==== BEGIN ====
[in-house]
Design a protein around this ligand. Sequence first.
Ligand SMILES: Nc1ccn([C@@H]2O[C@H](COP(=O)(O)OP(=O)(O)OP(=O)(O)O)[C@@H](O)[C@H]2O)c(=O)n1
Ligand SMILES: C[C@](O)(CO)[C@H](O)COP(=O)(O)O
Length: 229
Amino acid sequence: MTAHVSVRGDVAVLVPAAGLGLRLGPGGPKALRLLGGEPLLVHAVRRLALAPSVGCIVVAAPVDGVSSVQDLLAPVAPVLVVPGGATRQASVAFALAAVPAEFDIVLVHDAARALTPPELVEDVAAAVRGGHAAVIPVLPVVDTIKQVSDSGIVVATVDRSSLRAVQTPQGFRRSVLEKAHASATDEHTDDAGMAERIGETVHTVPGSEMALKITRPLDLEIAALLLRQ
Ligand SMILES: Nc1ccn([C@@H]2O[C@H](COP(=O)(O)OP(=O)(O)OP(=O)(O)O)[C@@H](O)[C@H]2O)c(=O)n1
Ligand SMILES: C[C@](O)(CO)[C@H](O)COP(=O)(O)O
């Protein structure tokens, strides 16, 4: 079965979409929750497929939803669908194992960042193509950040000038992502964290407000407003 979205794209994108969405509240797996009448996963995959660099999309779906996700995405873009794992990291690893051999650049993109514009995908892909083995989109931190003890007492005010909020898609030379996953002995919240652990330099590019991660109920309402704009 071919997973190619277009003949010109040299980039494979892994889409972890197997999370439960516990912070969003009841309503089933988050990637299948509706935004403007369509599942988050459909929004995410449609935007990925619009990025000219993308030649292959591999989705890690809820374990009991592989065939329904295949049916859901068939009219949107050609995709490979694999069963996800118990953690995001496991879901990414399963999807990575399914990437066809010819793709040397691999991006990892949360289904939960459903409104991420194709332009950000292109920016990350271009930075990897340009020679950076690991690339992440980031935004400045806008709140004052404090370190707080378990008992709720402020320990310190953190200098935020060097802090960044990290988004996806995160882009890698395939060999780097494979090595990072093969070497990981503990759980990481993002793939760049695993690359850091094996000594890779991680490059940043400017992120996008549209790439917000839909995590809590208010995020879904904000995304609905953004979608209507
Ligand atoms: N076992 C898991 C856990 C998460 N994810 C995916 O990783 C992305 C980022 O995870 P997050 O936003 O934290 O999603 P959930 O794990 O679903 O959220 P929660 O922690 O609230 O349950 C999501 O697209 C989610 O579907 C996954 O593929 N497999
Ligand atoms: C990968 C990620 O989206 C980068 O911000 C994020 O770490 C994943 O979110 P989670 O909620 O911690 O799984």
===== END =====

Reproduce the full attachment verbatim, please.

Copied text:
[in-house]
Design a protein around this ligand. Sequence first.
Ligand SMILES: Nc1ccn([C@@H]2O[C@H](COP(=O)(O)OP(=O)(O)OP(=O)(O)O)[C@@H](O)[C@H]2O)c(=O)n1
Ligand SMILES: C[C@](O)(CO)[C@H](O)COP(=O)(O)O
Length: 229
Amino acid sequence: MTAHVSVRGDVAVLVPAAGLGLRLGPGGPKALRLLGGEPLLVHAVRRLALAPSVGCIVVAAPVDGVSSVQDLLAPVAPVLVVPGGATRQASVAFALAAVPAEFDIVLVHDAARALTPPELVEDVAAAVRGGHAAVIPVLPVVDTIKQVSDSGIVVATVDRSSLRAVQTPQGFRRSVLEKAHASATDEHTDDAGMAERIGETVHTVPGSEMALKITRPLDLEIAALLLRQ
Ligand SMILES: Nc1ccn([C@@H]2O[C@H](COP(=O)(O)OP(=O)(O)OP(=O)(O)O)[C@@H](O)[C@H]2O)c(=O)n1
Ligand SMILES: C[C@](O)(CO)[C@H](O)COP(=O)(O)O
């Protein structure tokens, strides 16, 4: 079965979409929750497929939803669908194992960042193509950040000038992502964290407000407003 979205794209994108969405509240797996009448996963995959660099999309779906996700995405873009794992990291690893051999650049993109514009995908892909083995989109931190003890007492005010909020898609030379996953002995919240652990330099590019991660109920309402704009 071919997973190619277009003949010109040299980039494979892994889409972890197997999370439960516990912070969003009841309503089933988050990637299948509706935004403007369509599942988050459909929004995410449609935007990925619009990025000219993308030649292959591999989705890690809820374990009991592989065939329904295949049916859901068939009219949107050609995709490979694999069963996800118990953690995001496991879901990414399963999807990575399914990437066809010819793709040397691999991006990892949360289904939960459903409104991420194709332009950000292109920016990350271009930075990897340009020679950076690991690339992440980031935004400045806008709140004052404090370190707080378990008992709720402020320990310190953190200098935020060097802090960044990290988004996806995160882009890698395939060999780097494979090595990072093969070497990981503990759980990481993002793939760049695993690359850091094996000594890779991680490059940043400017992120996008549209790439917000839909995590809590208010995020879904904000995304609905953004979608209507
Ligand atoms: N076992 C898991 C856990 C998460 N994810 C995916 O990783 C992305 C980022 O995870 P997050 O936003 O934290 O999603 P959930 O794990 O679903 O959220 P929660 O922690 O609230 O349950 C999501 O697209 C989610 O579907 C996954 O593929 N497999
Ligand atoms: C990968 C990620 O989206 C980068 O911000 C994020 O770490 C994943 O979110 P989670 O909620 O911690 O799984």